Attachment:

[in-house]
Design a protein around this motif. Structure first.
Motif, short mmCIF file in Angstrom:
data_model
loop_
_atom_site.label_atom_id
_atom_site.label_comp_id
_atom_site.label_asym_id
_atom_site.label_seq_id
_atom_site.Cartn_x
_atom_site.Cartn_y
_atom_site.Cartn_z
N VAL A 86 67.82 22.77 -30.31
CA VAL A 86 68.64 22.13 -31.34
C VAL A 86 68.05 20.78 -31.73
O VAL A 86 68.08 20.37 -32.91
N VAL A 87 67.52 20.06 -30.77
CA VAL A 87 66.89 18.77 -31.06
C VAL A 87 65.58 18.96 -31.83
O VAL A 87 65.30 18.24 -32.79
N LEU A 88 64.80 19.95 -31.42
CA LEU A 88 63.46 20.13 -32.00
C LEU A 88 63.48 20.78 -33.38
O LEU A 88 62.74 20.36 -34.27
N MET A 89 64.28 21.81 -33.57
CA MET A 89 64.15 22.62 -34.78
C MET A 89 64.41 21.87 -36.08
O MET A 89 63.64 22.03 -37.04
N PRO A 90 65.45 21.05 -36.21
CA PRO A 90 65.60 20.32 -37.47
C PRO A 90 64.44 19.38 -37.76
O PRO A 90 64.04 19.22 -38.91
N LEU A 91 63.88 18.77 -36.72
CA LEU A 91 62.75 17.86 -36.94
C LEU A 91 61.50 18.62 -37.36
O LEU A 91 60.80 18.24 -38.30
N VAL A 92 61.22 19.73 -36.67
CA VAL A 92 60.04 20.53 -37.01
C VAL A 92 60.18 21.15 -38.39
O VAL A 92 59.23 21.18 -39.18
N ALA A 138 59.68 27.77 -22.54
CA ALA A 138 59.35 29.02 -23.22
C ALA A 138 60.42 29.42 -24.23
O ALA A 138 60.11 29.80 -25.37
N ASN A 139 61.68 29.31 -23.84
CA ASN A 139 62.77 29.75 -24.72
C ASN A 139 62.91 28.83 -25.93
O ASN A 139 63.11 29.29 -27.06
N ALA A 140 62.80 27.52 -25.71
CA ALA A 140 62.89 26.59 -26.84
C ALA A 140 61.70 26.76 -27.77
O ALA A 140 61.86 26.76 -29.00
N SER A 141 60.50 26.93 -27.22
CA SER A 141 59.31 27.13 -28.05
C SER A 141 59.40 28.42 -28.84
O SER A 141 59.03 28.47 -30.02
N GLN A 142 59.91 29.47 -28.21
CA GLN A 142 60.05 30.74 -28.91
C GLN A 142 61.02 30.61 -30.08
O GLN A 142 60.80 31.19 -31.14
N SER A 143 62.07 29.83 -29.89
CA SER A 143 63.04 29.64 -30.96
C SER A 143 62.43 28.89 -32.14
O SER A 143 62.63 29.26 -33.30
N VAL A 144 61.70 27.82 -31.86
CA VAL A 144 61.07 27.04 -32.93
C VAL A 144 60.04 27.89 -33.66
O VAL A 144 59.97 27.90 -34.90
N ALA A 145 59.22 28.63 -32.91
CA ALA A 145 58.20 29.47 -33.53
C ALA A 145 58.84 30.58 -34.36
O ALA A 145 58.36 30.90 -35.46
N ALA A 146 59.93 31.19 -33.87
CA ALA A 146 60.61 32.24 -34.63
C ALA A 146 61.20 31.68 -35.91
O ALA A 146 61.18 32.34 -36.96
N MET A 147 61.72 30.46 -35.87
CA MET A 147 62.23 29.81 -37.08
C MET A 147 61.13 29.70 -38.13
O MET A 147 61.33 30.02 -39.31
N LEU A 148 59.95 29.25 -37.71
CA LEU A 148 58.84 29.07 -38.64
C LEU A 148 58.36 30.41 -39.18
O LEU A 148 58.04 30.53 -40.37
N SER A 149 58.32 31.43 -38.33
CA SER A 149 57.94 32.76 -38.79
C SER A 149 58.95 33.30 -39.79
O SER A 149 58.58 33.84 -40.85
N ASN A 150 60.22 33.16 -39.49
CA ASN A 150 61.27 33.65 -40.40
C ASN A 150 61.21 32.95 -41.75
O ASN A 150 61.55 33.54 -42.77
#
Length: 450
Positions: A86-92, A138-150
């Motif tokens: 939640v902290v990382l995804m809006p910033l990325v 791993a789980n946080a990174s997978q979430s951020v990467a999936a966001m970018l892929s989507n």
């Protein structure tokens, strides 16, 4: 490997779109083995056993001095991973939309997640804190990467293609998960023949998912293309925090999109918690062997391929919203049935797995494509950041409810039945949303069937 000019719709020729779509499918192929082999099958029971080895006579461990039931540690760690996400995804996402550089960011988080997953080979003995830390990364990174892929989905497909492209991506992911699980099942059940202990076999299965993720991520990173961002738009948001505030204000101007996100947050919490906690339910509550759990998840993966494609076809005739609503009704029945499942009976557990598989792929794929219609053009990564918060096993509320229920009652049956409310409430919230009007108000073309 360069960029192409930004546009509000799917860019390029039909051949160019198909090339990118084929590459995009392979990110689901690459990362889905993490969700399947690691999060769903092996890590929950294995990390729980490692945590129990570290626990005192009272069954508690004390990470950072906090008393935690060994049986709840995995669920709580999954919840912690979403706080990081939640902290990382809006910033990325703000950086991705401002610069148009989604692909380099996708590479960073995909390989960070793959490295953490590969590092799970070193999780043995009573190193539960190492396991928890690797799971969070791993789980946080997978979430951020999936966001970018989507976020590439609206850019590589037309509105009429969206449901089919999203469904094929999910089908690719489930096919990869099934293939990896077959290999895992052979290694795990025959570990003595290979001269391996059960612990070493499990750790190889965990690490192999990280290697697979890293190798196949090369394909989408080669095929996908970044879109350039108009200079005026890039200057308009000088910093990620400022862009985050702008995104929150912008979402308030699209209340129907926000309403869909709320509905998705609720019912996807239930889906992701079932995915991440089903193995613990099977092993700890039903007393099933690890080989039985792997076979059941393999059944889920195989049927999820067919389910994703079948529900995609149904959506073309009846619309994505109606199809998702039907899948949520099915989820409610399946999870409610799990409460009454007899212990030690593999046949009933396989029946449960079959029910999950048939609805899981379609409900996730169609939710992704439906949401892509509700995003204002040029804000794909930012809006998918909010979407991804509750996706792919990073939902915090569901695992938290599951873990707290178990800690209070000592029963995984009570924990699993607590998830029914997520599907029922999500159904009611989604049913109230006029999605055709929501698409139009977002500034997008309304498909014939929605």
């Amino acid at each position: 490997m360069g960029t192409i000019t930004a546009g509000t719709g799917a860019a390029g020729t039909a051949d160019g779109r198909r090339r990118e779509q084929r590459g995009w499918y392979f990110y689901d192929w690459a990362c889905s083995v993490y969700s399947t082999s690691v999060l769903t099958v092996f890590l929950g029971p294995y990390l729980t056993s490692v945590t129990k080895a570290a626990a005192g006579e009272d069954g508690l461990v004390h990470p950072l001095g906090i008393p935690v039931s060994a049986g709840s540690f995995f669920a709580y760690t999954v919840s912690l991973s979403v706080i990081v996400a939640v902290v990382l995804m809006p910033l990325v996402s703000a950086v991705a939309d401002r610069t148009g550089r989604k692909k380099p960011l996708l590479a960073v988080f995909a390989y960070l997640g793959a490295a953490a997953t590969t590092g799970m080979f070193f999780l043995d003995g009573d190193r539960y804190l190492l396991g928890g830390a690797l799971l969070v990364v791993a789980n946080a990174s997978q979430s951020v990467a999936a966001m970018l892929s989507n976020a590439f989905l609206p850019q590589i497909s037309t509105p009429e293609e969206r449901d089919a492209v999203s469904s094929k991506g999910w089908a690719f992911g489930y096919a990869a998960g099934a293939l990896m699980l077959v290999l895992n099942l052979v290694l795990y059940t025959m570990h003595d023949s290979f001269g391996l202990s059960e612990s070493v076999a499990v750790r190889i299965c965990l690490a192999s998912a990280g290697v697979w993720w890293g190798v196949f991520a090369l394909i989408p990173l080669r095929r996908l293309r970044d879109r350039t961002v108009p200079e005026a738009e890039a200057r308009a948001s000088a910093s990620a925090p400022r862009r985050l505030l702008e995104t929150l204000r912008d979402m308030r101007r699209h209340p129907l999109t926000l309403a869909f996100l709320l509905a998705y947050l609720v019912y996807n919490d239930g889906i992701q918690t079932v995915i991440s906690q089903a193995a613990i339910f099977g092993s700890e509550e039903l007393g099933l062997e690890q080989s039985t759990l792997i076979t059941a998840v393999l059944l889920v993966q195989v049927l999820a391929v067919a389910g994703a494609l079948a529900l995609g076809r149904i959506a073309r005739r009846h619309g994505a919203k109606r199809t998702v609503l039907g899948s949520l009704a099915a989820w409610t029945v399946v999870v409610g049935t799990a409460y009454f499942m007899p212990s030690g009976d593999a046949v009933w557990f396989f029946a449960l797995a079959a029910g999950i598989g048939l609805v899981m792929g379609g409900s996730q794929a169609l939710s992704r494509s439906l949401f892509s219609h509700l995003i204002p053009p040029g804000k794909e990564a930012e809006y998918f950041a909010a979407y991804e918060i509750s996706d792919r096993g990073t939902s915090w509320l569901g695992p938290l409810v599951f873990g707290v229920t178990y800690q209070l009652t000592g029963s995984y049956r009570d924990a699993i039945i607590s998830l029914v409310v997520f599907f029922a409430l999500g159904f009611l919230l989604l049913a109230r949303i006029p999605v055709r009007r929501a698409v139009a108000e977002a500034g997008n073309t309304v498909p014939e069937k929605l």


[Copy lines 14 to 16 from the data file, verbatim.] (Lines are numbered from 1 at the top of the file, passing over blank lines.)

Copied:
CA VAL A 86 68.64 22.13 -31.34
C VAL A 86 68.05 20.78 -31.73
O VAL A 86 68.08 20.37 -32.91